Where there is no law, but every man does what is right in his own eyes, there is the least of real liberty
Henry M. Robert

Google Translate employs artificial intelligence

Manager of the world’s most popular linguistic service told about translation technology based on neural networks
13 March, 2017 - 18:26

Google has announced a major update of its Google Translate service: the translation will be based on neural networking. Some languages have seen the neural-networking translation since November 2016; others, including Russian, Hindi, and Vietnamese are going to be switched to this method soon. The developers argue that neural networks greatly improve the quality of translation, because thus the machines will be able to analyze not only individual words and phrases, but complete sentences and the context.

“We’re talking about the third generation of machine translation systems. The first was developed in the 1950s-1960s under the Soviet-American spyware confrontation, as everyone wanted to quickly understand what the enemy says. The work was based on the rules developed by linguists, and every sentence had to be translated with different rules applied,” said Barak Turovsky, manager of Google Translate and a USSR migrant to the US, in an interview to Medusa. “The second generation is statistical machine translation. Ten years ago, Google pioneered this technology. A computer uses the same technology that we use in the search engine, searching the Internet for available translations, made by people. Any open source – UN records, news articles – anything that can be found is collected and transformed into a giant database for every language. These data is then analyzed for statistical patterns and thus the engine is ‘studying’ the language. The third generation is neurons; we are talking about technologies that mimic the workings of the brain. Previously, the engine could not efficiently process the phrase more than five words long. The system now looks at the full sentence and tries to find the right options for translation. The result is a much more lively translation.”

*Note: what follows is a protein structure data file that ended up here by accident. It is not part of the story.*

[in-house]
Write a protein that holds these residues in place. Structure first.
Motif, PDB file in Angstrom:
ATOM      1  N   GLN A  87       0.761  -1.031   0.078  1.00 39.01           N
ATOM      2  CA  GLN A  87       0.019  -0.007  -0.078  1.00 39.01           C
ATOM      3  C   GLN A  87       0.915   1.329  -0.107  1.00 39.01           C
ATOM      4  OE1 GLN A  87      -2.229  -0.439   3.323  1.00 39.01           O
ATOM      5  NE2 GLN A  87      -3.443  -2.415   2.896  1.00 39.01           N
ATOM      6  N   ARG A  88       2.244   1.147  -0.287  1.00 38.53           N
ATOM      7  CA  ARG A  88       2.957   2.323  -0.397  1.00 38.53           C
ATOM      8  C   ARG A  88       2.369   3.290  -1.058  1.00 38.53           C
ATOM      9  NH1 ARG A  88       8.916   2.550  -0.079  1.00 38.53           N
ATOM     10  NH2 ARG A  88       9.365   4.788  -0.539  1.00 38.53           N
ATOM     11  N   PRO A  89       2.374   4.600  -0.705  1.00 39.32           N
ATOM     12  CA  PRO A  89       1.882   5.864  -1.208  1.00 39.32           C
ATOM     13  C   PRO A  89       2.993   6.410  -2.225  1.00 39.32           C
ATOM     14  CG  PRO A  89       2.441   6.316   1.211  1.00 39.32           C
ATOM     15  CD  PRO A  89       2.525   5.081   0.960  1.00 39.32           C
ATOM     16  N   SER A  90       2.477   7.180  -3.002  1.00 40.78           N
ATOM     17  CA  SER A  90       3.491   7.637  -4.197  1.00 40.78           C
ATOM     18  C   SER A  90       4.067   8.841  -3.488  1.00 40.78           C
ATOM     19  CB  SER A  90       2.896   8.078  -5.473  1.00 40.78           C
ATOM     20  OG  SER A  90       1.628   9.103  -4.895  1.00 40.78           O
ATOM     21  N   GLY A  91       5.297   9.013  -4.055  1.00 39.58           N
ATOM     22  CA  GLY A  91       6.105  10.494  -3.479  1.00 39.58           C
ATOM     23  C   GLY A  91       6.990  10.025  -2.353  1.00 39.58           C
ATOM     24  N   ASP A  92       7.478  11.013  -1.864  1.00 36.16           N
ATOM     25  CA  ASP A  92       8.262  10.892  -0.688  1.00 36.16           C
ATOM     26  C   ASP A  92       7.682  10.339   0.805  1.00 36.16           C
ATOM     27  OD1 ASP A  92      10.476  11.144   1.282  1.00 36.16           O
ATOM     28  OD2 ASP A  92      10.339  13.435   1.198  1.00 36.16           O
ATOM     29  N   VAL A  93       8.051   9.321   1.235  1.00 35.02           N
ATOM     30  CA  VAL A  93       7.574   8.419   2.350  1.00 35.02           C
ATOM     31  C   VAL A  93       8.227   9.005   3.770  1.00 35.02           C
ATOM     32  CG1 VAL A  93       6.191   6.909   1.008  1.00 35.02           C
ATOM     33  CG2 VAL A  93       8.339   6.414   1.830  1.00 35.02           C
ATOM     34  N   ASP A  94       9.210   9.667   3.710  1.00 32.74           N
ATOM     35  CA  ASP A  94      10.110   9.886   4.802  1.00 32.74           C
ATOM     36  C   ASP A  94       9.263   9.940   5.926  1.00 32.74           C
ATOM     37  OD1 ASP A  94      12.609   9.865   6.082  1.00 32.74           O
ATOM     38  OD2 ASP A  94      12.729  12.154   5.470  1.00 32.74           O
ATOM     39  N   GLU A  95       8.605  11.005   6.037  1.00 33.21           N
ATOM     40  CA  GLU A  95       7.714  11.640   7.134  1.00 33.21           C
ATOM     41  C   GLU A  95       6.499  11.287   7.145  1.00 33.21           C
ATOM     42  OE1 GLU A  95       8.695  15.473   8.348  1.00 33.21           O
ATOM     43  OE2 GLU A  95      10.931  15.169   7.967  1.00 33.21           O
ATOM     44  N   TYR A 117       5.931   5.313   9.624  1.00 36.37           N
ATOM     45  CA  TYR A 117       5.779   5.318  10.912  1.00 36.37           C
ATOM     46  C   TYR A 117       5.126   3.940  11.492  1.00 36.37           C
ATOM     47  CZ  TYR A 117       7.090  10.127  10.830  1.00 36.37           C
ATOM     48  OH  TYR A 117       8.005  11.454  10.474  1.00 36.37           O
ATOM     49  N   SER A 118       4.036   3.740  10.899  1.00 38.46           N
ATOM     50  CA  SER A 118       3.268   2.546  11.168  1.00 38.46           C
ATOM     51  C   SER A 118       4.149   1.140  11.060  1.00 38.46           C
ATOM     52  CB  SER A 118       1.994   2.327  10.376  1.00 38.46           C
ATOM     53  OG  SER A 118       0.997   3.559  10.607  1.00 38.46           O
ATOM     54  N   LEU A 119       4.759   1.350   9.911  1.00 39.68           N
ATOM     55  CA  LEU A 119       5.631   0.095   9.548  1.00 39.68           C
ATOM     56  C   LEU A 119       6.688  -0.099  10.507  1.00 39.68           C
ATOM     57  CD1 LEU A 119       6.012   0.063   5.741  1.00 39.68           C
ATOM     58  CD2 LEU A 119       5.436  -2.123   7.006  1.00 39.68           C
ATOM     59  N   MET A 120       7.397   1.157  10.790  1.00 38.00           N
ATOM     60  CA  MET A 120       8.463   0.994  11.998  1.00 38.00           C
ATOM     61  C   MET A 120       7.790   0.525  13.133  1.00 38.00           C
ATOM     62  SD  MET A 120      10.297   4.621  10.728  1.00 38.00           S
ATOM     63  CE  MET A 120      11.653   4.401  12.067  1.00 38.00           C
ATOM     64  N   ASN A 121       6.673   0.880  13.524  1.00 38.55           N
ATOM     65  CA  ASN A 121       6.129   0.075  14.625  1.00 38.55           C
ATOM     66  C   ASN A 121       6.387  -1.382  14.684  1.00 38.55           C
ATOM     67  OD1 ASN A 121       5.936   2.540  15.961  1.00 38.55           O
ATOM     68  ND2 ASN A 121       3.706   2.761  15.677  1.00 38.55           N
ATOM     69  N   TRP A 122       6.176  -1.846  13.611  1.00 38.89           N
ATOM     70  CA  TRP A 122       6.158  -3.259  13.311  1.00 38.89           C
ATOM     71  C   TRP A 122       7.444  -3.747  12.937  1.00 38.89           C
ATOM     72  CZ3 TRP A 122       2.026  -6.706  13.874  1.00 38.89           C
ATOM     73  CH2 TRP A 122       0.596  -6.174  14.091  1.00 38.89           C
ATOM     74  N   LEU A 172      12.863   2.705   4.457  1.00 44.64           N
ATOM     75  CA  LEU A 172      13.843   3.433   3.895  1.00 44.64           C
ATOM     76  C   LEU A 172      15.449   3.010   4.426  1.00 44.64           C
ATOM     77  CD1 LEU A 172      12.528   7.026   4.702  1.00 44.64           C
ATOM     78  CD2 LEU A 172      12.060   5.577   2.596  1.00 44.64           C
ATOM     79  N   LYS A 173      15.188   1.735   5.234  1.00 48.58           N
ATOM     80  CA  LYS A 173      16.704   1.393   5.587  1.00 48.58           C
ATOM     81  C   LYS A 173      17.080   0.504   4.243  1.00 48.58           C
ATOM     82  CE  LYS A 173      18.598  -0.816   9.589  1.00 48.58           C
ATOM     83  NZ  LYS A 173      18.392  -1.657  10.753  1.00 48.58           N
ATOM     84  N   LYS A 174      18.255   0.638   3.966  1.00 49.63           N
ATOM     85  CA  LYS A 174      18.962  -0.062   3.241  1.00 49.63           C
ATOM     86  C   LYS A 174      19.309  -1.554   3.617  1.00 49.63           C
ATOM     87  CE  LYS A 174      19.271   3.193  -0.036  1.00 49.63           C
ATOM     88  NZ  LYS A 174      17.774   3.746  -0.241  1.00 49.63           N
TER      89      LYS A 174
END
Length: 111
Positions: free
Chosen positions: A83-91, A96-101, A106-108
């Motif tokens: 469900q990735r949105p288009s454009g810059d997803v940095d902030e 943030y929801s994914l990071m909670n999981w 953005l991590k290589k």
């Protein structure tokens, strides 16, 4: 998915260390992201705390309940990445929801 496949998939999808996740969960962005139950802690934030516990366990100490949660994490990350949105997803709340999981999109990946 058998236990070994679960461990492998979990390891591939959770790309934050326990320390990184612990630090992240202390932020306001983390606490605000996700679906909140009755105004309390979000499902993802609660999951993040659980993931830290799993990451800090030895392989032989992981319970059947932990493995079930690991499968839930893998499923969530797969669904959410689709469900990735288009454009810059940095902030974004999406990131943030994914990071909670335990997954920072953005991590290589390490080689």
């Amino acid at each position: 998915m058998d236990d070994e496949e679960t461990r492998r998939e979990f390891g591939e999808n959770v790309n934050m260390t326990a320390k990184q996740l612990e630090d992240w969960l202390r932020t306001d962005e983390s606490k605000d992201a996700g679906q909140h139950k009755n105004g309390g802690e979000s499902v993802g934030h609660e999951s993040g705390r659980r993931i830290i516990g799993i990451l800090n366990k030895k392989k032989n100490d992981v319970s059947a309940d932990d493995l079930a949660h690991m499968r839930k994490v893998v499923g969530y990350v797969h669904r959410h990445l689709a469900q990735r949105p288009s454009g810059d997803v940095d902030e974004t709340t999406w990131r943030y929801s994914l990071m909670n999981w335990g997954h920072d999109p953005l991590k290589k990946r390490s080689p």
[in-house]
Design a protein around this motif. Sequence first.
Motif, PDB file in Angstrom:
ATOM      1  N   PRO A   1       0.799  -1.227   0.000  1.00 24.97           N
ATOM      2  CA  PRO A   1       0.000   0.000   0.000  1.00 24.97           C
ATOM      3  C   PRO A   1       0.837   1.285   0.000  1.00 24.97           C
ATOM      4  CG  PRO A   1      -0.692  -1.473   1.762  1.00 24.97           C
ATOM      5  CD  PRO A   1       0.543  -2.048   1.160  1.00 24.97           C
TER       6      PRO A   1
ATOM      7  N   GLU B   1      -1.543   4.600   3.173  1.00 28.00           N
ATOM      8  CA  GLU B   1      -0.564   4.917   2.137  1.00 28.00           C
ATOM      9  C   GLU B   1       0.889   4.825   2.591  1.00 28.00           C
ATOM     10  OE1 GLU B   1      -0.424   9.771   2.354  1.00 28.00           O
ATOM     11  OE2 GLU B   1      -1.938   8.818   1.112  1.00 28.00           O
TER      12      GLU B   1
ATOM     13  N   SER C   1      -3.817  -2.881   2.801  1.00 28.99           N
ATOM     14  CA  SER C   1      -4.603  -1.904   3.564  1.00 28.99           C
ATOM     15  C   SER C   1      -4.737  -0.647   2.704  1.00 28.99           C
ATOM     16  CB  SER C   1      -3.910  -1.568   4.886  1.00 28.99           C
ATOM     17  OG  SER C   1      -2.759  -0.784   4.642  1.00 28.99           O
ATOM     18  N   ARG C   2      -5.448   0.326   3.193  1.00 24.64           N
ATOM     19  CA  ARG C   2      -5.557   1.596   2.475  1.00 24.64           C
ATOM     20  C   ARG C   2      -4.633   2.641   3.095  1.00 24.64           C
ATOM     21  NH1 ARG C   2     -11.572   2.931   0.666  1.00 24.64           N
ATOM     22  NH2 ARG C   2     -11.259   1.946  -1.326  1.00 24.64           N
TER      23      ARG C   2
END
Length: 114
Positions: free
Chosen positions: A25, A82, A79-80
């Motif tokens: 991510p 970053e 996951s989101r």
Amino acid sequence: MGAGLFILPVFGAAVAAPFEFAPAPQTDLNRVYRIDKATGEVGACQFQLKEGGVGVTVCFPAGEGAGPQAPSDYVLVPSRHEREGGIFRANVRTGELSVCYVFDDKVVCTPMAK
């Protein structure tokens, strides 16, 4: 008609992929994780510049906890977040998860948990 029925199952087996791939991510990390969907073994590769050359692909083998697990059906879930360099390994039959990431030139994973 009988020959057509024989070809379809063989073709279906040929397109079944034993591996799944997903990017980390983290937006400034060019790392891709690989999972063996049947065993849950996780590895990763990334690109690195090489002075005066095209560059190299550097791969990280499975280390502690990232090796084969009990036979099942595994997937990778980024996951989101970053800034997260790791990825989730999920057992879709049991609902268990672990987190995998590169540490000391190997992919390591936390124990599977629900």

Also Barak Turovsky said that work is ongoing to improve the translation with the use of camera and microphone in the “conversation mode” and that plans are made to add the “Tap to Translate” function to all popular online messengers.

By Anastasia RUDENKO, The Day